European Federation of Chapters of the International Association for the Study of Pain
European Journal of Pain vol:16 issue:5 pages:737-747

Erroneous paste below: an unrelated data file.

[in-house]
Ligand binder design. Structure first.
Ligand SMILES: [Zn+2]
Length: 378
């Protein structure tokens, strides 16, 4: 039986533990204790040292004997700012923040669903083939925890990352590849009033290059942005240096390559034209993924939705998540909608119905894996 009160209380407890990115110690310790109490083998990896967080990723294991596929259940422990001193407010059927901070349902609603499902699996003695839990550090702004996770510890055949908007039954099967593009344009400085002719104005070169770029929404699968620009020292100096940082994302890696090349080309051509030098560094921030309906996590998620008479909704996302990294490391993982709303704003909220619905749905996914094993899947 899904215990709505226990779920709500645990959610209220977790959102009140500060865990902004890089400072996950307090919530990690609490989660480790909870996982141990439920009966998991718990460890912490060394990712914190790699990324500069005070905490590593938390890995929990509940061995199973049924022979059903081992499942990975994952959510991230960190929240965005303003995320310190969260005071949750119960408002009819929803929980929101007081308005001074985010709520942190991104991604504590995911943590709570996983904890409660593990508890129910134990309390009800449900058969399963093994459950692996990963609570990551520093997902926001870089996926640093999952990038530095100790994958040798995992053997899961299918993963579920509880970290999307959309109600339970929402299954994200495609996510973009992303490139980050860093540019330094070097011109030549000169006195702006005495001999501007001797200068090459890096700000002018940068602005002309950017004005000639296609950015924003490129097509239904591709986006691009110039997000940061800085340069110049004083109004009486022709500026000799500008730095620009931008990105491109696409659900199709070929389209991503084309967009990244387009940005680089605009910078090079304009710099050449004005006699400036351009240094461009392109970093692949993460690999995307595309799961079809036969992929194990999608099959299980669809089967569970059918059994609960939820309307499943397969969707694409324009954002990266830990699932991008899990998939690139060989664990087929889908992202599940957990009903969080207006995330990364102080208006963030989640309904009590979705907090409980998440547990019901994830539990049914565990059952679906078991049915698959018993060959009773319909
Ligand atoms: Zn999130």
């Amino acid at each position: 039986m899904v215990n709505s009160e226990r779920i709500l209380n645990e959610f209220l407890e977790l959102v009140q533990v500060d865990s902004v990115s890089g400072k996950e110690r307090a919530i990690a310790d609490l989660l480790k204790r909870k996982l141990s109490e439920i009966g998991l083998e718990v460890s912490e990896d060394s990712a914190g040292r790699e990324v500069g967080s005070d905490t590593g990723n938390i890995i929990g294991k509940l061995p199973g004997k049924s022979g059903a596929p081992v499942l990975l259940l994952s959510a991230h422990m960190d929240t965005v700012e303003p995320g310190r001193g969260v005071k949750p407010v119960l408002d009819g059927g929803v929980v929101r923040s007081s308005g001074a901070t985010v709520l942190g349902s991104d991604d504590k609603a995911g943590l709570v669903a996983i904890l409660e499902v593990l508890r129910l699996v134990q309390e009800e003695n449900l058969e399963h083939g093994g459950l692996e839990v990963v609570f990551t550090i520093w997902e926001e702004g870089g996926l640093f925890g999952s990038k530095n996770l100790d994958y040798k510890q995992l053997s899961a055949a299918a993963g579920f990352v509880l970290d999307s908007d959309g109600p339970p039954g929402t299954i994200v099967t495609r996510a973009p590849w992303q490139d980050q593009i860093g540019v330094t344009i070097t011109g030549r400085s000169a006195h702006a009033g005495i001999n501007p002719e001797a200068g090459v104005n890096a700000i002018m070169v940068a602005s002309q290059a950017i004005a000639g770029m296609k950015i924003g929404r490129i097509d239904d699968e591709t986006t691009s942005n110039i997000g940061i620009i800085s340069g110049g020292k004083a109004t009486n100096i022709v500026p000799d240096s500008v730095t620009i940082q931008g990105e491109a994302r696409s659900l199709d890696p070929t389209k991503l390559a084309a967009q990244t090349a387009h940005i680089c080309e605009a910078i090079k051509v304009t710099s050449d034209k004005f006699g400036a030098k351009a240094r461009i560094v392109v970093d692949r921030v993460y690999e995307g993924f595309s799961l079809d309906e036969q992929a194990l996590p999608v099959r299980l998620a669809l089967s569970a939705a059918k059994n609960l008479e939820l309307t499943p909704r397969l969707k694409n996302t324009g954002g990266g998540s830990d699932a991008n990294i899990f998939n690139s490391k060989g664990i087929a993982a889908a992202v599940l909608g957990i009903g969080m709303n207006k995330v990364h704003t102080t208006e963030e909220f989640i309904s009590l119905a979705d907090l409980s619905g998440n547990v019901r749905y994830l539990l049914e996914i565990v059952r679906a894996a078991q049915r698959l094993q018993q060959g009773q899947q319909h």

Physical therapy is widely used to decrease pain and restore function in patients suffering from masticatory muscle pain. Controlled studies on its efficacy are scarce. This study evaluated the 1-year effect of a 6-week physical therapy programme in a single blind, randomized, controlled trial. Fifty-three subjects were randomly assigned to either a physical therapy group [n = 26; 19 women, mean age (SD) 36.6 years (15.5 years)] or a control group [n = 27; 20 women, mean age (SD) 42.9 years (15.1 years)]. In the physical therapy group, the patients received education, muscle stretching, exercises and homework for nine treatments in 6 weeks. In the control group, the patients received education on the evaluation days only. At baseline and after 3, 6, 12, 26 and 52 weeks, pain and masticatory function were evaluated using visual analogue scales, the McGill Pain Questionnaire, pressure pain thresholds of the masseter and temporalis muscles, the mandibular function impairment questionnaire, and active and passive maximal mouth opening. All pain rating variables decreased and all function variables increased significantly over time in both groups. No significant differences in improvement between the groups (time-treatment interaction) were found. These data suggest that the long-term decrease in pain and the improvement of function are not related to active physical therapy.